Now admittedly that was before the internet was in existence, but even today the thing is we have to recognize first that if we don’t stop and think, “What do I need to know?” and then, “How can I get that?” This applies whether it’s talking to somebody, or going to the internet. And remember, the internet doesn’t always have the answer.
Pam Harper: We saw that.
Scott Harper: You have to have that way of bringing in the right knowledge at the right time, in the right way.
Pam Harper: This book also talks about different approaches that people have to dealing with knowledge.
Scott Harper: Yes; towards the end of the book they talk about two major types of people and how they deal with what the authors call “ignorance” − lack of knowledge. One type of people understand that they don’t know a lot. They’re pretty careful and conscientious about trying to fill in the gaps, and if they can’t they kind of stay in their area of expertise. The other kind of person is more freewheeling and more willing to go out into the great unknown and explore things that they may or may not know they don’t fully understand.
Pam Harper: How would you sum this up, Scott?
Scott Harper: If we recognize and respect the limitations of our own knowledge, and learn how to tap into the vast web of knowledge that surrounds us, that’s where the power lies. That’s what increases our ability to arrive at truly game changing decisions.
Pam Harper: Building on that, we’ve seen over the years that creating the most effective community of knowledge and organizations depends on continuously fostering a culture that enables people with all kinds of personalities, and thinking styles, to contribute their expertise and wisdom in the best possible way.
Scott Harper: Absolutely.
Pam Harper: That takes us to our next book, which is Quiet: The Power of Introverts in a World That Can’t Stop Talking. Susan Cain is a writer whose work on introversion and shyness has appeared in the New York Times, O Magazine, Psychology Today, and others. She’s taught negotiation skills at corporations; she has that special expertise. She also says that she herself is an introvert herself.
Scott Harper: Okay. So what’s the main premise of this book?
Pam Harper: This is a book about introversion from a cultural point of view. It goes to the idea that introversion, which includes the quiet, contemplative, creative traits that she calls “quiet”, are just as valuable to society as extroversion traits, which include the more interactive, social, gregarious tendencies.
Scott Harper: Yet society in general − especially western society − appears to emphasize value of extroversion above introversion. How did we get to this point?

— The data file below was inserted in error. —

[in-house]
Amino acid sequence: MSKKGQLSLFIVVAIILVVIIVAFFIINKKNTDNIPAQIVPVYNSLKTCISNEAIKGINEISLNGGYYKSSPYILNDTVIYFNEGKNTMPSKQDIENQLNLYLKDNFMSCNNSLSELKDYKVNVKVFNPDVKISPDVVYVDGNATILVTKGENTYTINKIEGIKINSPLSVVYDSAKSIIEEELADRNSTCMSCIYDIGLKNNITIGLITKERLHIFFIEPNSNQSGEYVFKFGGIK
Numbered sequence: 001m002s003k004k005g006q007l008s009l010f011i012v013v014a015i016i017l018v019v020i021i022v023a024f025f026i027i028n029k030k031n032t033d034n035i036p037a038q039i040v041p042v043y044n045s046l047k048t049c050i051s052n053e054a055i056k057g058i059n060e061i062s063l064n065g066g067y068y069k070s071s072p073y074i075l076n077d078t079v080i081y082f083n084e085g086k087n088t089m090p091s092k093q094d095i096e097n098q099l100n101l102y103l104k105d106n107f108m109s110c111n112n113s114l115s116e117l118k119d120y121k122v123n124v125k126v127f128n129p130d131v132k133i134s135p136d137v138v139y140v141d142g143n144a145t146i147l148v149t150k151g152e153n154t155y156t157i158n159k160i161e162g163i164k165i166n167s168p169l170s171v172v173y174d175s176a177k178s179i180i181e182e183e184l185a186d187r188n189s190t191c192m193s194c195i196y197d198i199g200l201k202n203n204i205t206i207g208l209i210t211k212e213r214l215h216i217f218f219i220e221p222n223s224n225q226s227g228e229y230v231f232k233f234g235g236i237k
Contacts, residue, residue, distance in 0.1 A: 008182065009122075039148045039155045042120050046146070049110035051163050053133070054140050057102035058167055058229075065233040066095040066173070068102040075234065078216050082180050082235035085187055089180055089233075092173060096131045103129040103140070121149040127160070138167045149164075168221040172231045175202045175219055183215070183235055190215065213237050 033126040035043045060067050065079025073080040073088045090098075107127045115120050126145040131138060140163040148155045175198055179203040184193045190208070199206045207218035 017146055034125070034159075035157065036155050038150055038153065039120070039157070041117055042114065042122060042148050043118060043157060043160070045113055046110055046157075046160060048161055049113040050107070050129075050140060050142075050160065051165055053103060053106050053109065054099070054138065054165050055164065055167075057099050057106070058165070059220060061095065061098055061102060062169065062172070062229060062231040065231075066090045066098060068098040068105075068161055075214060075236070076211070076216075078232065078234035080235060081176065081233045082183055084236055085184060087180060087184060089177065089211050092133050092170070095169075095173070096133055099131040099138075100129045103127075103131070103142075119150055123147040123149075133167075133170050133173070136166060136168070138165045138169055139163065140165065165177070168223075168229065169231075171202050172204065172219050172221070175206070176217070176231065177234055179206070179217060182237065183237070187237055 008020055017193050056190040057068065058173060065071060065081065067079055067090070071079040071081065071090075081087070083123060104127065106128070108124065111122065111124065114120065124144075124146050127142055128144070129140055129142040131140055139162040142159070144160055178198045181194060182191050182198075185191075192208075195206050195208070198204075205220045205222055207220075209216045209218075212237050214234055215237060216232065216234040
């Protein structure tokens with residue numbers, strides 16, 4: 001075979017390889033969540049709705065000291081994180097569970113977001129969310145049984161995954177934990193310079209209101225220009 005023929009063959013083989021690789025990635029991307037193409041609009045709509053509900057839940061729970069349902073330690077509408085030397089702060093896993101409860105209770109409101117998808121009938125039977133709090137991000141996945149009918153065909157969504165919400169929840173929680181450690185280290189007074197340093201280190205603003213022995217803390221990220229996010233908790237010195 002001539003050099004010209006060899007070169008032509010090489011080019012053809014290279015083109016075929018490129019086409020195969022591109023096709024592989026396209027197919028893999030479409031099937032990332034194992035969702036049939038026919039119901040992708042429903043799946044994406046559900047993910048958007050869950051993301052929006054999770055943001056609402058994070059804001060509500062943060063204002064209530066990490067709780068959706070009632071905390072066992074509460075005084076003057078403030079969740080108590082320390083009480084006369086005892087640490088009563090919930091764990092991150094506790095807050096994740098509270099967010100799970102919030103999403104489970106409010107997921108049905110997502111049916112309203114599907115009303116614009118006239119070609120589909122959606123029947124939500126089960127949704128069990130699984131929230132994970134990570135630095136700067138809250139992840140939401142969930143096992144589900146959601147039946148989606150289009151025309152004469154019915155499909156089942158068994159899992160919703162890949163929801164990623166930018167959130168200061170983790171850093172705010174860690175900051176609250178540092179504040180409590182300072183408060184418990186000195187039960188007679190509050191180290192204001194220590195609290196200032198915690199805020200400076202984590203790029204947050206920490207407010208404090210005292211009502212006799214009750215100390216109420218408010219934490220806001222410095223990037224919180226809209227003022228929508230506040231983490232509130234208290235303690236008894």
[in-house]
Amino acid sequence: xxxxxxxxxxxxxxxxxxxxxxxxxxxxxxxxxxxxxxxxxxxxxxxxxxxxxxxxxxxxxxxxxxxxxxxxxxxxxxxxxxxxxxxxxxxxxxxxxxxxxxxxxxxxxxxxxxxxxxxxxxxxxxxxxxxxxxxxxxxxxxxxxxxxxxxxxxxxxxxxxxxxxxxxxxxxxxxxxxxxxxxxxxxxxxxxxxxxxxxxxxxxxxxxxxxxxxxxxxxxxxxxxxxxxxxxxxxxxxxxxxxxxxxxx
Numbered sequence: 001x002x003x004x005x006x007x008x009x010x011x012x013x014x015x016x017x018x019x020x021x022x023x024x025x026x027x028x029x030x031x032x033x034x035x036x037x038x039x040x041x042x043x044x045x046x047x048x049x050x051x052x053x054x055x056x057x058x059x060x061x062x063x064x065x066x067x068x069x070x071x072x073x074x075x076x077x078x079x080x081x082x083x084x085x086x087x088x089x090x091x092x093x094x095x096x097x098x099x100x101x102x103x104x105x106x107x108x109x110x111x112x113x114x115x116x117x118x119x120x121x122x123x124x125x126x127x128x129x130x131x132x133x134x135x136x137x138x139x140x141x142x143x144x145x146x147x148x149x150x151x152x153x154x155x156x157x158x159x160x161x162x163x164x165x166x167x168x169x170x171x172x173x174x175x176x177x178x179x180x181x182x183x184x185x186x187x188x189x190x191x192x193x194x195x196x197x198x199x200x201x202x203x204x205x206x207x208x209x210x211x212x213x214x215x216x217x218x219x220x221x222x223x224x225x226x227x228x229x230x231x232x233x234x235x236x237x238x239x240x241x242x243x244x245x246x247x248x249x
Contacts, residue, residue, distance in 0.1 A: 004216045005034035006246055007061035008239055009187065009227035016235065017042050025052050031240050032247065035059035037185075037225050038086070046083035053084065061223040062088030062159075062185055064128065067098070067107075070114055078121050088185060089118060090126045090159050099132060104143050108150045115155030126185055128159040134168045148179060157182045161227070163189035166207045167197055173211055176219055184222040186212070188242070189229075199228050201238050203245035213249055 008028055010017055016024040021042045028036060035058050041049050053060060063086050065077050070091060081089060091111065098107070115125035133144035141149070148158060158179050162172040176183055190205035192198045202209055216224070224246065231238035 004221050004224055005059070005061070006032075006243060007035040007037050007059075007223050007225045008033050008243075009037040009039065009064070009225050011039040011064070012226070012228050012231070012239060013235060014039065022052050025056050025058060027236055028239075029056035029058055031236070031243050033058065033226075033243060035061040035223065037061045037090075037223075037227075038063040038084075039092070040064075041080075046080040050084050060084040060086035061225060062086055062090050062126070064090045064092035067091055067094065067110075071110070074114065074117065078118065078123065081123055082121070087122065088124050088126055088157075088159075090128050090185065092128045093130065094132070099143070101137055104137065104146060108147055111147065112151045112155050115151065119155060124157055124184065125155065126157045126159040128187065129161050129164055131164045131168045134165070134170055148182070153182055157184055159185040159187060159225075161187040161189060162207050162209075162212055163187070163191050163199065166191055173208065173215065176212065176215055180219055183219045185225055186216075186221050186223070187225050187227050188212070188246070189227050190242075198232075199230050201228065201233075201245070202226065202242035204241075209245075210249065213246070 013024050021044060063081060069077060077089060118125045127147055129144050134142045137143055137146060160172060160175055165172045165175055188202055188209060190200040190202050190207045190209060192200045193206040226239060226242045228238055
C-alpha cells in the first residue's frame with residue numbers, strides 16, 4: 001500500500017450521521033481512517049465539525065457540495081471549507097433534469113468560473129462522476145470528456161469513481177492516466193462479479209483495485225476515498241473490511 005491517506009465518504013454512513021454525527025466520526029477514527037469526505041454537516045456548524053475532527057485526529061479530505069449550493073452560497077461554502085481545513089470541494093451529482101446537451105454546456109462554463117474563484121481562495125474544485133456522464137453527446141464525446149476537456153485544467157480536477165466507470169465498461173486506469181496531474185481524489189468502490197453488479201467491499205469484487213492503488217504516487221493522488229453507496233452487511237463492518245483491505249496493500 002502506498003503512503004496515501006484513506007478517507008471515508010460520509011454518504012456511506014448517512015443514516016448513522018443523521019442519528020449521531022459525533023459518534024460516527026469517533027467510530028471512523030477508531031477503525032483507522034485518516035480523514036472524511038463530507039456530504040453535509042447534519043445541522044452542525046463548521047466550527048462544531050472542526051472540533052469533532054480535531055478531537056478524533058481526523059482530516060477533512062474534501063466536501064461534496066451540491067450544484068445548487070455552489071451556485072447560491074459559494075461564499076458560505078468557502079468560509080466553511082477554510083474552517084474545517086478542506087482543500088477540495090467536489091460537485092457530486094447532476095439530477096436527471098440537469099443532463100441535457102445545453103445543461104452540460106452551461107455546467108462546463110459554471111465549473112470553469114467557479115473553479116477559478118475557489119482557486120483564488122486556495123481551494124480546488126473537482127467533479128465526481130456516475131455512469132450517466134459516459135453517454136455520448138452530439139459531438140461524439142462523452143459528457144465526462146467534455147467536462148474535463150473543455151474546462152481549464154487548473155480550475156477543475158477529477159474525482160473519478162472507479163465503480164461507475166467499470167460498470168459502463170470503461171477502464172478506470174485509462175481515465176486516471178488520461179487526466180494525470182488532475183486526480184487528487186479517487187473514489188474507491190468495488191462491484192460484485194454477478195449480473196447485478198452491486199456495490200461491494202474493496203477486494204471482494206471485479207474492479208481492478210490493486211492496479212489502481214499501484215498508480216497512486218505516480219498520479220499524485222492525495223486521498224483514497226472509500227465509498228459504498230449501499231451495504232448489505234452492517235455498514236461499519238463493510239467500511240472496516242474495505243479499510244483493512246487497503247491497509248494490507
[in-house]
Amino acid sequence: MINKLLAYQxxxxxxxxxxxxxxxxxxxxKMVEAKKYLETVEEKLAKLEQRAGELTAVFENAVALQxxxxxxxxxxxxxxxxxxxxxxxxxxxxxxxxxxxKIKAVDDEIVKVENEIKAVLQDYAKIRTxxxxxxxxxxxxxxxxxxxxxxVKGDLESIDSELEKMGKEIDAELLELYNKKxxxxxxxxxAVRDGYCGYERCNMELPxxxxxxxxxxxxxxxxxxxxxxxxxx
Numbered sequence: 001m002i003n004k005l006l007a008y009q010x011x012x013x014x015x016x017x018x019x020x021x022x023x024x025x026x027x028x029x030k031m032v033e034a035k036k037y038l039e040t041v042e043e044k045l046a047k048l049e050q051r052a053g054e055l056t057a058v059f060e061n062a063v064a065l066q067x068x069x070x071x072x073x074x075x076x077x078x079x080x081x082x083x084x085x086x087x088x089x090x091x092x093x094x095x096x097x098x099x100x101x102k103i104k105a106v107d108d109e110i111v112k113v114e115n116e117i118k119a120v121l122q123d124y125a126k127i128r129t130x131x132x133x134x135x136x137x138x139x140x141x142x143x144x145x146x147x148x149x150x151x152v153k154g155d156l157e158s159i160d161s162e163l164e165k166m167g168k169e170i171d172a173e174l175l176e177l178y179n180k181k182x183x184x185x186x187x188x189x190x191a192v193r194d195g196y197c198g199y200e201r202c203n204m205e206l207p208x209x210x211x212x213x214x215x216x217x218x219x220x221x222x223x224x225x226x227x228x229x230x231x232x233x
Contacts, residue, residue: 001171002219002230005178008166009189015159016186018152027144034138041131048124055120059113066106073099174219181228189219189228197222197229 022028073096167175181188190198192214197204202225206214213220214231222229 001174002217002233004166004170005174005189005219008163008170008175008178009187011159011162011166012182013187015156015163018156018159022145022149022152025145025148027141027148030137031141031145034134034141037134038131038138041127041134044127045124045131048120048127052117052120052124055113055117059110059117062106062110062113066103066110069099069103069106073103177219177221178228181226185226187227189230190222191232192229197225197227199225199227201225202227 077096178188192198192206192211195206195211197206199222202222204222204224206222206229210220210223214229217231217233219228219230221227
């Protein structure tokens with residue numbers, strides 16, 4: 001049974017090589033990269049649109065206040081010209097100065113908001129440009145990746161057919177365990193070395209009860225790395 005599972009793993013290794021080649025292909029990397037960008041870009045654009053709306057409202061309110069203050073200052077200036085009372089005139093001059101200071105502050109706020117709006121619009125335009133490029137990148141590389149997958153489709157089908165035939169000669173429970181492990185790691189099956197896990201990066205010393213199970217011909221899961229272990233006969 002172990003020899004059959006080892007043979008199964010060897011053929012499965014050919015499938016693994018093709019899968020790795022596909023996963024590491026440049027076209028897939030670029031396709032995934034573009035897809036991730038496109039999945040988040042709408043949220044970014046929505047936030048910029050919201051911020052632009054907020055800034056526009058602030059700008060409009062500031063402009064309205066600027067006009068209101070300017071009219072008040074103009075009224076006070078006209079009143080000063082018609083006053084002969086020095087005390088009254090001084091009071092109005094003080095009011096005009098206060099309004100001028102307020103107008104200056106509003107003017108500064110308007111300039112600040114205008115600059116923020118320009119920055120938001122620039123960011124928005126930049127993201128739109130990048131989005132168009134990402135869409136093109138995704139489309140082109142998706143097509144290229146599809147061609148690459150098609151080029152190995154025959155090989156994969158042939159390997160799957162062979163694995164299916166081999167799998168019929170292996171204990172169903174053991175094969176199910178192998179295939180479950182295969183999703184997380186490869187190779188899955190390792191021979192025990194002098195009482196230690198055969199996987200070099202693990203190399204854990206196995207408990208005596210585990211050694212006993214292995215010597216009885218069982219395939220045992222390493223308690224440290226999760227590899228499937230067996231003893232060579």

Pam Harper: This is a relatively new value in society. It wasn’t until the rise of the Industrial Revolution and the need for people to come off their farms and to interact with strangers, that the ability to quickly connect and interact became more valuable to individuals and groups. Because now we’re selling ourselves as well as our products, and it’s impacting how we thrive in society.
Scott Harper: Okay, that’s understandable. But Susan Cain makes the point that this over emphasis on extroversion comes at a cost to society as well.
Pam Harper: She makes the case that some of the greatest contributions to society have come from the efforts of introverts, such as Van Gogh’s Sunflowers, or the invention of the personal computer. And yet from a very early age, because of this extroversion ideal, people are socialized to live into that extroversion behavior even as they may, in fact, be introverts. They grow up not necessarily tapping into their full potential, or the potential of others.
Scott Harper: Right. And this has a cost to society, including business.
Pam Harper: Yes. The cost is that introverts are often overlooked and underestimated in a society that prizes extroversion. This does a disservice to the 1/3 to 1/2 of employees in a given organization that are introverts − whether you recognize them or not.
Scott Harper: What do you mean by that?
Pam Harper: Well keep in mind, appearance isn’t necessarily reality. Somebody may act like an extrovert because they’ve been socialized to do so, but it doesn’t mean that they are extroverts.
Scott Harper: Okay; that has a lot of implications. What about in the workplace?
Pam Harper: It has everything to do with collaboration.
Scott Harper: Right, and we just finished talking about the importance of the community of knowledge in making more powerful decisions, breakthrough decisions. Yeah; collaboration is hugely valued.
Pam Harper: When we’re talking about collaboration, we’re talking about how it’s affected by everything from the design of the office, and whether we’re sitting in private offices, or in group offices, to how we brainstorm to create game changing decisions.
Scott Harper: Bearing this in mind, how can we create an environment that brings out the best of both our introverts as well as our extroverts?